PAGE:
Dr Sharon Coen, Senior Lecturer in Psychology, University of Salford, has been working on a project with the Centre for Applied Archaeology to explore the impact of community archaeology on its participants. The project, ‘I Dig therefore I am: place, identity and participation in community-based archaeology projects’ aimed to explore the role played by participating in community-based archaeological projects in the development and construction of place-identity and attachment. Dr Coen and her team used focus groups with participants (Number: 24; 11 Male; 13 Female) in five areas of Greater Manchester (Chadderton, Manchester, Radcliffe, Salford and Stockport) who were involved in the Dig Greater Manchester project. The goal of these focus groups was to understand whether and how the experience of participating in the digs modified, strengthened or initiated identification and attachment with the local environment and the local community. The results of the study offer insights into the potential benefits of community-based initiatives in fostering positive relationship with an individual’s local environment and community.
The Dig Greater Manchester project aims to give local communities in the Greater Manchester area the opportunity to get involved in a variety of ways in their own history and heritage. Through this initiative, Greater Manchester residents have and can get ‘hands on’ experience of an archaeological excavation in a safe and healthy environment. Moreover, a public open day is organised and run at the conclusion of each excavation, in which academics and volunteers run guided tours of the sites and site based activities such as family history, crafts stalls and a small trench where families can engage in excavations.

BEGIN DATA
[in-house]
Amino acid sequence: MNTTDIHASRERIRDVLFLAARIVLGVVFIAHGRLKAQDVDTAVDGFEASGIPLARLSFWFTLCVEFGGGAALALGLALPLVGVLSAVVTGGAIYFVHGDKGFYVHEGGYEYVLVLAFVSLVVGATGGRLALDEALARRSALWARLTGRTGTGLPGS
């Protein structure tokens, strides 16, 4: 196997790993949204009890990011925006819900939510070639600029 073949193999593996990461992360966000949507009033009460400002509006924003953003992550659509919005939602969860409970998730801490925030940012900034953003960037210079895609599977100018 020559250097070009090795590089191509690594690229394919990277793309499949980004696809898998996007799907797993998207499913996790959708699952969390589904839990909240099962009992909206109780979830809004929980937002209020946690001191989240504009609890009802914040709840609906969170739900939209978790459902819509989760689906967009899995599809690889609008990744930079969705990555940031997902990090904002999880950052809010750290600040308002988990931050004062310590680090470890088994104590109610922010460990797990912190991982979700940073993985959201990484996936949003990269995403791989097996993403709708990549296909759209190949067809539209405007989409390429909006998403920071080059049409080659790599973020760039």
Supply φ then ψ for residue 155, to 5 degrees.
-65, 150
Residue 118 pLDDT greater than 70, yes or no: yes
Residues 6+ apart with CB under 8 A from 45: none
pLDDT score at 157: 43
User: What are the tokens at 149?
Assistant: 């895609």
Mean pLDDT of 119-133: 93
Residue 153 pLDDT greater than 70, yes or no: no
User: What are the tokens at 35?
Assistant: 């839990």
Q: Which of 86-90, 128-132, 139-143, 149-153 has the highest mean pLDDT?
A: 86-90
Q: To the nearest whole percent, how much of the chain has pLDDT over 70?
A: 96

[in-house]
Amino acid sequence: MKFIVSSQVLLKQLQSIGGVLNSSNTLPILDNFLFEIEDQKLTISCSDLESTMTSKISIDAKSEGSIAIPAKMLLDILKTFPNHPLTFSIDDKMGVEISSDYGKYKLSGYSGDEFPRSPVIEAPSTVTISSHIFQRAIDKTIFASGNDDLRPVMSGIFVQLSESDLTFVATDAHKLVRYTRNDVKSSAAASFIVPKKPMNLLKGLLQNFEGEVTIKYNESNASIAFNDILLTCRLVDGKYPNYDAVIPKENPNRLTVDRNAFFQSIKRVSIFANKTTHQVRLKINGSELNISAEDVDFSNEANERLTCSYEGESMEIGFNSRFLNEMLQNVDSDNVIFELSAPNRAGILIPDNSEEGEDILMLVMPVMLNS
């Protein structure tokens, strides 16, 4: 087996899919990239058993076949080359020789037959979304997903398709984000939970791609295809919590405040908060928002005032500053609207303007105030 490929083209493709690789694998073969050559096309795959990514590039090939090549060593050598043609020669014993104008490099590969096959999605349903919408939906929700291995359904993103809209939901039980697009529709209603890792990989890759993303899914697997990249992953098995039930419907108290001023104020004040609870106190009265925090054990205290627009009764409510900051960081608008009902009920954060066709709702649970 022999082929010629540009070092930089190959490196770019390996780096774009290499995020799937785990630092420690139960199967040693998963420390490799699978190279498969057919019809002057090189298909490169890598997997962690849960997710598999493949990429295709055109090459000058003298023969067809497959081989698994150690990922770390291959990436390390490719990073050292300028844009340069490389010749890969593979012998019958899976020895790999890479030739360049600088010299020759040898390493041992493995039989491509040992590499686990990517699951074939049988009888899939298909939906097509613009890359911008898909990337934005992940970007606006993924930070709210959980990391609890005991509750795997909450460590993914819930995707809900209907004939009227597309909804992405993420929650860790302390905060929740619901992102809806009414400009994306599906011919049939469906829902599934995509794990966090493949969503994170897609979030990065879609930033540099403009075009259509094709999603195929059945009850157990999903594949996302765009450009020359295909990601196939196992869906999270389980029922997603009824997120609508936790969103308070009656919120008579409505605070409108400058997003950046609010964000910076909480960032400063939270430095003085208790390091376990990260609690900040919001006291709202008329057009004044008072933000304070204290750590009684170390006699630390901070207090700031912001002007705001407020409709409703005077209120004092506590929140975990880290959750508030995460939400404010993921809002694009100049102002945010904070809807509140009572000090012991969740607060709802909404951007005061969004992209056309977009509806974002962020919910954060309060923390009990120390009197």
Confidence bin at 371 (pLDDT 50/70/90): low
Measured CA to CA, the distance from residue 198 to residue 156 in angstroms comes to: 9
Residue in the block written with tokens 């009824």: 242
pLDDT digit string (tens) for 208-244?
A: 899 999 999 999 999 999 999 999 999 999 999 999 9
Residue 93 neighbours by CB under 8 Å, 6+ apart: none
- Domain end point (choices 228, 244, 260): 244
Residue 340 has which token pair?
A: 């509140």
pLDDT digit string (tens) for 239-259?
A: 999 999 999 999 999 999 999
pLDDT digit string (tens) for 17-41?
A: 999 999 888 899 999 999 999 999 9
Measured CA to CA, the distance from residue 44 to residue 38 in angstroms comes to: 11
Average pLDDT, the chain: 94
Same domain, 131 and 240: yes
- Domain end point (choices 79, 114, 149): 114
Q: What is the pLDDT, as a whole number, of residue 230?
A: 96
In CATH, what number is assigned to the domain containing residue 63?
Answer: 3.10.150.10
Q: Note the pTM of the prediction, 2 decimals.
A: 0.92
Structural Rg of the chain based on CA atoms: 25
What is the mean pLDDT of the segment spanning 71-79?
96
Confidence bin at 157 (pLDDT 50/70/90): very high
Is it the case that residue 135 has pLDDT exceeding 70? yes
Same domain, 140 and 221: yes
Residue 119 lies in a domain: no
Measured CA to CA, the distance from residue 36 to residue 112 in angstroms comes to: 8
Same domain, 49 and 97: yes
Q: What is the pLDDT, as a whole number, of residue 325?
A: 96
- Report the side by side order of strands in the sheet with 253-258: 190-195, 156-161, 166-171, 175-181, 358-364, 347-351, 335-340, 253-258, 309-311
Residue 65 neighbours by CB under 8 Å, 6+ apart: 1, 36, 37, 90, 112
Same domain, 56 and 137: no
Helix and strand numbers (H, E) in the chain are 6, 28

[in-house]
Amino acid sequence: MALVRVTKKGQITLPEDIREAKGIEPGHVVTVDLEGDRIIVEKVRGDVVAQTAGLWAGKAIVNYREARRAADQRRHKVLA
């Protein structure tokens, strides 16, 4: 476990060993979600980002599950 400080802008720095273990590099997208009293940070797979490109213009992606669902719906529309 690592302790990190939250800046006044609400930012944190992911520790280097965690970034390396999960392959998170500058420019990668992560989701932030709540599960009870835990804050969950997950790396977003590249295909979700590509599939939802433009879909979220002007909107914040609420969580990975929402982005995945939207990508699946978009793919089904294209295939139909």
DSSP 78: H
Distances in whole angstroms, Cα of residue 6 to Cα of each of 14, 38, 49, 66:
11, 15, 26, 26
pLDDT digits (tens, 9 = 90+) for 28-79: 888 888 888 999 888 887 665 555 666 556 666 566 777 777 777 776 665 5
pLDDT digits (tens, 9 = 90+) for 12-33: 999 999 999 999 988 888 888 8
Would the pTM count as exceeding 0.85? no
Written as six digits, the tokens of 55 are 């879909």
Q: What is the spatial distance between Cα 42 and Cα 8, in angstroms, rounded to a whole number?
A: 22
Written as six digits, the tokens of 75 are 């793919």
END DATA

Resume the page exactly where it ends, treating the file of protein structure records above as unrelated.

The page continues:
While research in Psychology has already established the benefits of participating in heritage-related activities for individuals, Dr Coen and her team have noticed that there is a striking lack of work concerning the benefits at a social and community level. This project aimed at filling this gap by exploring the impact that participation in Dig Greater Manchester had on participants’ social identity.
Dr Coen and her team conducted a series of focus groups asking participants to talk about their experiences in participating to Dig Greater Manchester. They asked participants to talk about the resons behind their participation, their experience of working at the dig and the impact that working on the sites had in terms of the way they thought about the place they live in and their community.
- Participants were overall enthusiastic about the experience, which they found enriching
- One of the positive aspects of participating in the Digs was the fact that volunteers felt a real sense of comradery, where the usual divisions we experience in our society (based on age, socio-economic status, competence and knowledge) disappeared. There was a real sense of cohesion, where everybody was there working together for a common goal.
- Participants reported the experience helped them making new friends
- Participants reported that the experience had made them feel closer to the local area and the local community
- For a good proportion of the volunteers, this experience lead to further engagement with the community, by participating in other Digs or initiatives linked to Dig Greater Manchester, signing up to other community-based archaeological (and non-archaeological) projects, or seeking funding to support new initiatives.
Dig Greater Manchester appears to be a great initiative which enriches volunteers not only at a personal level, but also at a social one by giving the opportunity to interact with other members of the community they would not normally meet, facilitating the formation of new friendships and fostering engagement with the local community.
Dr Sharon Coen would like to thank Dr Liz Smith and Simone Aprili for their help on this project.
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